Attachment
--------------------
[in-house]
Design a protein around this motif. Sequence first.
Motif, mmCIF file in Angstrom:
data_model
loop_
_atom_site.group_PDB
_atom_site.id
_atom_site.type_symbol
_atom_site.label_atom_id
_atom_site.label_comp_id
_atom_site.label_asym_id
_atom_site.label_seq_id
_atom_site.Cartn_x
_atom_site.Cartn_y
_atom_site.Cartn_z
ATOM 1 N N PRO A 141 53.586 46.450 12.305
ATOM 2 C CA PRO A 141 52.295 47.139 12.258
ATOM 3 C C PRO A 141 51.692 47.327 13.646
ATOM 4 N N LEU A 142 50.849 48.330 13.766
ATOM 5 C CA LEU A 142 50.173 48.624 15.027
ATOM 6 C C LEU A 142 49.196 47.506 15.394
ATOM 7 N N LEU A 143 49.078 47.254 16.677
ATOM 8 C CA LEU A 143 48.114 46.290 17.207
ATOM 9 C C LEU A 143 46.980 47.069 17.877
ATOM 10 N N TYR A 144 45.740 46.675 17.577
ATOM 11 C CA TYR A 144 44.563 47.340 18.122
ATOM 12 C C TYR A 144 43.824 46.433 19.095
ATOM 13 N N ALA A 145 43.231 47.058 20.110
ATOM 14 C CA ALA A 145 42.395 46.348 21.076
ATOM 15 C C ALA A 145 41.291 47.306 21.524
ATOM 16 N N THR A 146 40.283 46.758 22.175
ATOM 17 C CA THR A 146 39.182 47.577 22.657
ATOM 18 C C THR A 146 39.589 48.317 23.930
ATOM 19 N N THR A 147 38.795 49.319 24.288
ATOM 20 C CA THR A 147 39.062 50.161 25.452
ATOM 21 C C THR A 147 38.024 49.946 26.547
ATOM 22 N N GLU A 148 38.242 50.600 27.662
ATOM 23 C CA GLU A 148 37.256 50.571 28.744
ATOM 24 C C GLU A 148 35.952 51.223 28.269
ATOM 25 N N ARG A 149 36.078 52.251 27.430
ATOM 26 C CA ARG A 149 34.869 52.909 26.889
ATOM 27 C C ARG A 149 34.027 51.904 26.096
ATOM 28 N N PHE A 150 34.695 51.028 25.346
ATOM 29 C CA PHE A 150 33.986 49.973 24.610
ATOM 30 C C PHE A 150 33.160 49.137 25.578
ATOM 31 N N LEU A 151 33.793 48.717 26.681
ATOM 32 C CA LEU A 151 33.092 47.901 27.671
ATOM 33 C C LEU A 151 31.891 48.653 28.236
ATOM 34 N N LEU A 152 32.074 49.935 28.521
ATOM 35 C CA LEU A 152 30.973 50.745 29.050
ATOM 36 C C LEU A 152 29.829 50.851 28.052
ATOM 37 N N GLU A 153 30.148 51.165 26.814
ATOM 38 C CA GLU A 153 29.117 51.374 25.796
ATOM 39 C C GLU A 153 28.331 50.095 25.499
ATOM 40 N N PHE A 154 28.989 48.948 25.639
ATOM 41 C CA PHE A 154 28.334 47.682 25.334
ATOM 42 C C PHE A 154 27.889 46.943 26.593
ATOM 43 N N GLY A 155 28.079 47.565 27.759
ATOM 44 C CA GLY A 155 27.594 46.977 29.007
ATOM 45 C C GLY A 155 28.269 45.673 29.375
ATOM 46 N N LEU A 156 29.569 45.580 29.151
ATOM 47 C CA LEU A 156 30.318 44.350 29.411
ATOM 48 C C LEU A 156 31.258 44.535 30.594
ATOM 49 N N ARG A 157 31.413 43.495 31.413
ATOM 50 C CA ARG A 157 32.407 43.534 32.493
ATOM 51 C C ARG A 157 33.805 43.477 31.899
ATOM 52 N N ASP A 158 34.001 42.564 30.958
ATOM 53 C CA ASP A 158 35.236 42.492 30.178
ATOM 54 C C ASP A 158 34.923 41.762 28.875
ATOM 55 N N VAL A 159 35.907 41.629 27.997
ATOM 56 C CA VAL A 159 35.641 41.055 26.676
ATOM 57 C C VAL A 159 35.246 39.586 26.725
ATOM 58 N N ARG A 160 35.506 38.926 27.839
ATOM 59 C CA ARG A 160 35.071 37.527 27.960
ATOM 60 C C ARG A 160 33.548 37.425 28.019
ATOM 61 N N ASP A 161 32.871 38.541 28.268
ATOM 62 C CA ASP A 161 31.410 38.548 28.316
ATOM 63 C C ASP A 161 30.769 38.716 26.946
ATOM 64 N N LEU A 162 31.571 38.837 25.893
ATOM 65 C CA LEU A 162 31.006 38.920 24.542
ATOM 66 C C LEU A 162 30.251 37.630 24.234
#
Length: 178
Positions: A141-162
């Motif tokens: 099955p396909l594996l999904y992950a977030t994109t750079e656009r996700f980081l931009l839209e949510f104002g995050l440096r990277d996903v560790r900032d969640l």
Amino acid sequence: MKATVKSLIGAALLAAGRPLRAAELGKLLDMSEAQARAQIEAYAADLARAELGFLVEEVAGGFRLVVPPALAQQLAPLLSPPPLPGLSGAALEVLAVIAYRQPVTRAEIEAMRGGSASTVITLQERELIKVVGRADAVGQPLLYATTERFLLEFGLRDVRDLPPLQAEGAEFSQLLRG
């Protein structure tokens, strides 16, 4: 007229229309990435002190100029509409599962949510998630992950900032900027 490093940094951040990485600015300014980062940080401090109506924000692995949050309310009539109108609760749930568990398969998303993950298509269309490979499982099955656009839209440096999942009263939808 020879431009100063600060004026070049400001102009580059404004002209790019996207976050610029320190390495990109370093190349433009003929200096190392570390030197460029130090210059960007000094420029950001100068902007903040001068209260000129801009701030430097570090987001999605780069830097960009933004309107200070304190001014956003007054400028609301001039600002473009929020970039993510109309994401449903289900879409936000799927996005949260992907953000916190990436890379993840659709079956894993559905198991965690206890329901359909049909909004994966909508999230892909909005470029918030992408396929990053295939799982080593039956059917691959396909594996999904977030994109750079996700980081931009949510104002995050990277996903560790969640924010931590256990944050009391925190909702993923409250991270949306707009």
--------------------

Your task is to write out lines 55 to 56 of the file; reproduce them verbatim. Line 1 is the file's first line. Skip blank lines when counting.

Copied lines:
ATOM 40 N N PHE A 154 28.989 48.948 25.639
ATOM 41 C CA PHE A 154 28.334 47.682 25.334